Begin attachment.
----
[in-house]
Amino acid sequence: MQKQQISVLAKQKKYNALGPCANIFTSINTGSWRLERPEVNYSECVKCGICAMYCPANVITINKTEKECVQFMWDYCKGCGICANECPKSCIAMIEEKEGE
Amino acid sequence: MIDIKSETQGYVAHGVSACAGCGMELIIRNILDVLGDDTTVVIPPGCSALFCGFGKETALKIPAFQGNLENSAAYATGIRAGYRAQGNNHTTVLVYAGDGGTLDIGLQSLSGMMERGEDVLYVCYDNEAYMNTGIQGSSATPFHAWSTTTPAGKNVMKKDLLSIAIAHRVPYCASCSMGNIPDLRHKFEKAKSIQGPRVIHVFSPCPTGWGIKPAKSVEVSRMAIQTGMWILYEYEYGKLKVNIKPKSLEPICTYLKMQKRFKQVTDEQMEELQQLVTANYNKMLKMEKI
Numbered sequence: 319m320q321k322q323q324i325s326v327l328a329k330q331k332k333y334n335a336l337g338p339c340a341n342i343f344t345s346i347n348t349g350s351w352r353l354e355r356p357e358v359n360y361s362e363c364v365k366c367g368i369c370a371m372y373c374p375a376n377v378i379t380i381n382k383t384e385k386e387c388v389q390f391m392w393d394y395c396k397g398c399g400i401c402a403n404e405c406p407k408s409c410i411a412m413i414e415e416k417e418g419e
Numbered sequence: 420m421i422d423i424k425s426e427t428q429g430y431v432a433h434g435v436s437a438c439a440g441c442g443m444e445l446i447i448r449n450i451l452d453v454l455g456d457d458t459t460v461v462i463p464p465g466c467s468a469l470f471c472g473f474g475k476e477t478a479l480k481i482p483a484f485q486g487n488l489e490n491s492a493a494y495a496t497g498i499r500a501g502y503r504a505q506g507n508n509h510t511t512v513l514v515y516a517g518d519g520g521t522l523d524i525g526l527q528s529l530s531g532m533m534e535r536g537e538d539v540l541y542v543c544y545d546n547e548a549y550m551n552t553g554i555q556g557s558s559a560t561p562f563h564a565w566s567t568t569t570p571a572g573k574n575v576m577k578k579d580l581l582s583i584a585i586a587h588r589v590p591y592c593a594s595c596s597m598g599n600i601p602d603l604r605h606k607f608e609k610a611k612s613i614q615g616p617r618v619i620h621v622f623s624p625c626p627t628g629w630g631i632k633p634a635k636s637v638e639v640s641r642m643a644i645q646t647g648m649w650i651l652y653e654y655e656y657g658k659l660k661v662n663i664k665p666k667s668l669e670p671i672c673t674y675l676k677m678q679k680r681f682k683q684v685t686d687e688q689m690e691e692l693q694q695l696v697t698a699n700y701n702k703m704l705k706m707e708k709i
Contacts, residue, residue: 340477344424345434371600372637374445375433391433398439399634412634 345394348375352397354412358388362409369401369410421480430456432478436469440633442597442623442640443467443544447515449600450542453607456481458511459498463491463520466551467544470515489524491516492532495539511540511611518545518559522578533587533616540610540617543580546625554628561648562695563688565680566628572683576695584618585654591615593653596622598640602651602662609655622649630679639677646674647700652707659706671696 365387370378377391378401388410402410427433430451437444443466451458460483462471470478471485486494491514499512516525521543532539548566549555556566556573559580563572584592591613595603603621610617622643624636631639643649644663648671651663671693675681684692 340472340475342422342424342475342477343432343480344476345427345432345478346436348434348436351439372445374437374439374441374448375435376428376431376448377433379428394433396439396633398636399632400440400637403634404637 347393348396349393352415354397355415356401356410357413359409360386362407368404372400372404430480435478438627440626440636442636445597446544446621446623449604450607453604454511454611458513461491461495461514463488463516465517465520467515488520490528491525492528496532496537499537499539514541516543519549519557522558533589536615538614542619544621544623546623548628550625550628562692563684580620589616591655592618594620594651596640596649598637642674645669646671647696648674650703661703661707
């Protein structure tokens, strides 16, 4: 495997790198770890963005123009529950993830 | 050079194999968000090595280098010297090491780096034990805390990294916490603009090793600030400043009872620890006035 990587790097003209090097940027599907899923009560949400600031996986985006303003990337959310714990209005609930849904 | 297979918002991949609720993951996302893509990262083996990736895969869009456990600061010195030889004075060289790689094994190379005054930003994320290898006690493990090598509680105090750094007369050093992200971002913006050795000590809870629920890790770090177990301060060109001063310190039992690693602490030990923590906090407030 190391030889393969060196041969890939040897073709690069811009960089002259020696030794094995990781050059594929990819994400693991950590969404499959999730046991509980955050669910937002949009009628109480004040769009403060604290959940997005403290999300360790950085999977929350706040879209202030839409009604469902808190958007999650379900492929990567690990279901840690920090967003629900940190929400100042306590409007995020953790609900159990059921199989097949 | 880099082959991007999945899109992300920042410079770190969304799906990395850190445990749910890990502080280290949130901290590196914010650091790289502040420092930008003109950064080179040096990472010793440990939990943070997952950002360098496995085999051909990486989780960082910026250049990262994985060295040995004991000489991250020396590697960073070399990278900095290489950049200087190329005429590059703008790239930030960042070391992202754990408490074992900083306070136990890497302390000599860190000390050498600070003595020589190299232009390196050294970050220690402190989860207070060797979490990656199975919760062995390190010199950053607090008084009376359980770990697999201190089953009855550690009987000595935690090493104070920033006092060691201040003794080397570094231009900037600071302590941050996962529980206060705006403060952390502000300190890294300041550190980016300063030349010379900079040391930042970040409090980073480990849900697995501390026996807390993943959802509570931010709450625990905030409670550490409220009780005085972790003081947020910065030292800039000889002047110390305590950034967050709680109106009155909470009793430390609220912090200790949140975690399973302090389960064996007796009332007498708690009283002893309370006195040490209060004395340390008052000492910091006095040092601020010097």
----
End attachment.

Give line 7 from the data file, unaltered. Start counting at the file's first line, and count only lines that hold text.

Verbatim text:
């Protein structure tokens, strides 16, 4: 495997790198770890963005123009529950993830 | 050079194999968000090595280098010297090491780096034990805390990294916490603009090793600030400043009872620890006035 990587790097003209090097940027599907899923009560949400600031996986985006303003990337959310714990209005609930849904 | 297979918002991949609720993951996302893509990262083996990736895969869009456990600061010195030889004075060289790689094994190379005054930003994320290898006690493990090598509680105090750094007369050093992200971002913006050795000590809870629920890790770090177990301060060109001063310190039992690693602490030990923590906090407030 190391030889393969060196041969890939040897073709690069811009960089002259020696030794094995990781050059594929990819994400693991950590969404499959999730046991509980955050669910937002949009009628109480004040769009403060604290959940997005403290999300360790950085999977929350706040879209202030839409009604469902808190958007999650379900492929990567690990279901840690920090967003629900940190929400100042306590409007995020953790609900159990059921199989097949 | 880099082959991007999945899109992300920042410079770190969304799906990395850190445990749910890990502080280290949130901290590196914010650091790289502040420092930008003109950064080179040096990472010793440990939990943070997952950002360098496995085999051909990486989780960082910026250049990262994985060295040995004991000489991250020396590697960073070399990278900095290489950049200087190329005429590059703008790239930030960042070391992202754990408490074992900083306070136990890497302390000599860190000390050498600070003595020589190299232009390196050294970050220690402190989860207070060797979490990656199975919760062995390190010199950053607090008084009376359980770990697999201190089953009855550690009987000595935690090493104070920033006092060691201040003794080397570094231009900037600071302590941050996962529980206060705006403060952390502000300190890294300041550190980016300063030349010379900079040391930042970040409090980073480990849900697995501390026996807390993943959802509570931010709450625990905030409670550490409220009780005085972790003081947020910065030292800039000889002047110390305590950034967050709680109106009155909470009793430390609220912090200790949140975690399973302090389960064996007796009332007498708690009283002893309370006195040490209060004395340390008052000492910091006095040092601020010097």